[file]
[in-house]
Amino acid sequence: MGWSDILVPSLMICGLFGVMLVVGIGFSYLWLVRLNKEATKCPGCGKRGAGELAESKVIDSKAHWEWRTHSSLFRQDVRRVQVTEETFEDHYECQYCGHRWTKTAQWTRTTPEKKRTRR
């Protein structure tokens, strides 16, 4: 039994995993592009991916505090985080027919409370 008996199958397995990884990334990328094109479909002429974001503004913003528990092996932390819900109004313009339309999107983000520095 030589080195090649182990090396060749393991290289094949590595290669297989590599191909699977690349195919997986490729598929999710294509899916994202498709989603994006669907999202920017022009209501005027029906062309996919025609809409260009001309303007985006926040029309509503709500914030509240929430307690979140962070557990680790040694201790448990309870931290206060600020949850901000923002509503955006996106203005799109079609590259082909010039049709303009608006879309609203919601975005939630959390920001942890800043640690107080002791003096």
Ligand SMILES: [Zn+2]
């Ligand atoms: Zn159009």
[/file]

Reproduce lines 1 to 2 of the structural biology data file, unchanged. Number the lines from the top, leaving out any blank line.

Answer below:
[in-house]
Amino acid sequence: MGWSDILVPSLMICGLFGVMLVVGIGFSYLWLVRLNKEATKCPGCGKRGAGELAESKVIDSKAHWEWRTHSSLFRQDVRRVQVTEETFEDHYECQYCGHRWTKTAQWTRTTPEKKRTRR